INTRODUCTION


The CVS Curriculum includes a series of activities that allow pupils to actively exercise their democratic and intercultural (DI) competences through urban regeneration activities, making their voices heard about their needs, views and dreams regarding their closest “urban” spaces. Pupils belong to different groups and communities and they have to take on the responsibility of each of them; adults caring for pupils have to help them in doing that. Adults can help pupils to adequately manage this responsibility starting from closer contexts (for example, the school) to further contexts (for example, the town).

Children are not the citizens of the future, they are already citizens, and their voices need to be heard by policy-makers. They need to be protagonists able to express their needs, views and dreams about urban spaces in dialogue with local administrations. In order to do that, the CVS Curriculum foresees the involvement of local policy-makers dealing with the urban sector with whom pupils can discuss their own proposals.

The Curriculum has been developed on the basis of some general, theoretical and methodological considerations; they are described below.

1. General considerations underlying the CVS Curriculum

The Curriculum has been developed on the basis of some general considerations:

  • article 12 of the United Nations Convention on the Rights of the Child (UNCRC),
  • article 29 of the Universal Declaration of Human Rights (UDHR).

1.1 Article 12 of the United Nations Convention on the Rights of the Child (UNCRC)

  1. States Parties shall assure to the child who is capable of forming his or her own views the right to express those views freely in all matters affecting the child, the views of the child being given due weight in accordance with the age and maturity of the child.

“Article 12 of the UNCRC establishes the right of children to be involved in decisions that affect them, both as individuals and as a group. This right to be heard and taken seriously is one of the fundamental values of the Convention (…). Article 12 (is) one of its four general principles. In other words, it must be considered in the implementation of all other rights, and as one of the general measures of implementation of the UNCRC.

Article 12 (…) recognises the child as an active agent in the exercise of his or her rights.

This right of active engagement has been broadly conceptualised as ‘participation’ (…) (t)he term participation (…) is now very widely used, as a shorthand term to describe the process of children expressing their views and having them taken seriously.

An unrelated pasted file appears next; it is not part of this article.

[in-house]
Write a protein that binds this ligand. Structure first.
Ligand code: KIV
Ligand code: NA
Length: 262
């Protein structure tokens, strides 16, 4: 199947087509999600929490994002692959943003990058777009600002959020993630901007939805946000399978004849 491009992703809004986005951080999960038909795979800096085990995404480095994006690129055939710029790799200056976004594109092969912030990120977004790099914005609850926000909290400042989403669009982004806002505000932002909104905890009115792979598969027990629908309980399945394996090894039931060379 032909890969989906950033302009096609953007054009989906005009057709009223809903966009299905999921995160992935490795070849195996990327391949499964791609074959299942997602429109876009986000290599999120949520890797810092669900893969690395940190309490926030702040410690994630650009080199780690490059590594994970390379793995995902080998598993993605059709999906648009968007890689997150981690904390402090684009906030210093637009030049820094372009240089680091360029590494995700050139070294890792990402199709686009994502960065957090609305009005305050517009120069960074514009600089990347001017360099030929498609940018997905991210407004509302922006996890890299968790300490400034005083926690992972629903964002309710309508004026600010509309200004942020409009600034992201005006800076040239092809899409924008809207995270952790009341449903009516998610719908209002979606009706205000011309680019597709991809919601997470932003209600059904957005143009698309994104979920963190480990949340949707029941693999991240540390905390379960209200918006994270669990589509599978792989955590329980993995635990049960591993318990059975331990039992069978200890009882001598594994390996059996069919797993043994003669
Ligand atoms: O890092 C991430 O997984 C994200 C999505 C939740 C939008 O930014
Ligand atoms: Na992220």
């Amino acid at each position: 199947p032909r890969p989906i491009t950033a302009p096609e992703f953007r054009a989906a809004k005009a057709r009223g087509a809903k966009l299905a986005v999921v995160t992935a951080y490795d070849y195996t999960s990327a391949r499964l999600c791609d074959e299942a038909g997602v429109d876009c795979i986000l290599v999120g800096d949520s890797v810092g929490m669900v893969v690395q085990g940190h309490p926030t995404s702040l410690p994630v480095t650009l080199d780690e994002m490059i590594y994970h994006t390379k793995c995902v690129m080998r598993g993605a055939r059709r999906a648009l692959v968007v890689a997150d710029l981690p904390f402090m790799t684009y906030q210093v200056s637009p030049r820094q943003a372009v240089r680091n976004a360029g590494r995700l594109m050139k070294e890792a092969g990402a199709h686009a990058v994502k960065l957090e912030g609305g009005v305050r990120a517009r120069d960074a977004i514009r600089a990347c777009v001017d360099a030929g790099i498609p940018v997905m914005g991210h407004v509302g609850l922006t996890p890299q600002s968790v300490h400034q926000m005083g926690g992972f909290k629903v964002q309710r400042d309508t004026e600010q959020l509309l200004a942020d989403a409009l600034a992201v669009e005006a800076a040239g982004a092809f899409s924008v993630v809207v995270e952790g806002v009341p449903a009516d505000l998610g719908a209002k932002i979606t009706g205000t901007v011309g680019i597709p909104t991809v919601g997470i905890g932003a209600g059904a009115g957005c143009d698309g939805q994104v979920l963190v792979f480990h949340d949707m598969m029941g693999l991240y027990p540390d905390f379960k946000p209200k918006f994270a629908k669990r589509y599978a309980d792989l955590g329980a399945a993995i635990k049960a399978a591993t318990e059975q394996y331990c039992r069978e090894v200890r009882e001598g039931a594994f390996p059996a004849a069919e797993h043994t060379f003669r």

Participation can be defined as an ongoing process of children’s expression and active involvement in decision-making at different levels in matters that concern them. It requires information-sharing and dialogue between children and adults based on mutual respect, and requires that full consideration of their views be given, taking into account the child’s age and maturity.

Children can form and express views from the earliest age, but the nature of their participation, and the range of decisions in which they are involved, will necessarily increase in accordance with their age and evolving capacities. Young children’s participation will be largely limited to issues relating to their immediate environment within the family, care facilities and their local community. However, as they grow older and their capacities develop, their horizons broaden and they are entitled to be involved in the wide range of issues that affect them from the immediate family to the international level.

(T)he UN General Assembly Omnibus resolution in November 2009 (…) urged governments to:

“Assure that children are given the opportunity to be heard on all matters affecting them, without discrimination on any grounds, by adopting and/or continuing to implement regulations and arrangements that provide for and encourage, as appropriate, children’s participation in all settings, including within the family, in school and in their communities, and that are firmly anchored in laws and institutional codes and that are regularly evaluated with regard to their effectiveness.”

Across the world, (…) thousands of initiatives have been introduced, and spaces for children’s voices have been created, from the school to the global community.

The last 20 years have been a period of advocacy to promote and legitimate the concept of participation, and of exploration of strategies for translating it into practice. Indeed, for many people, children’s rights have become synonymous with participation.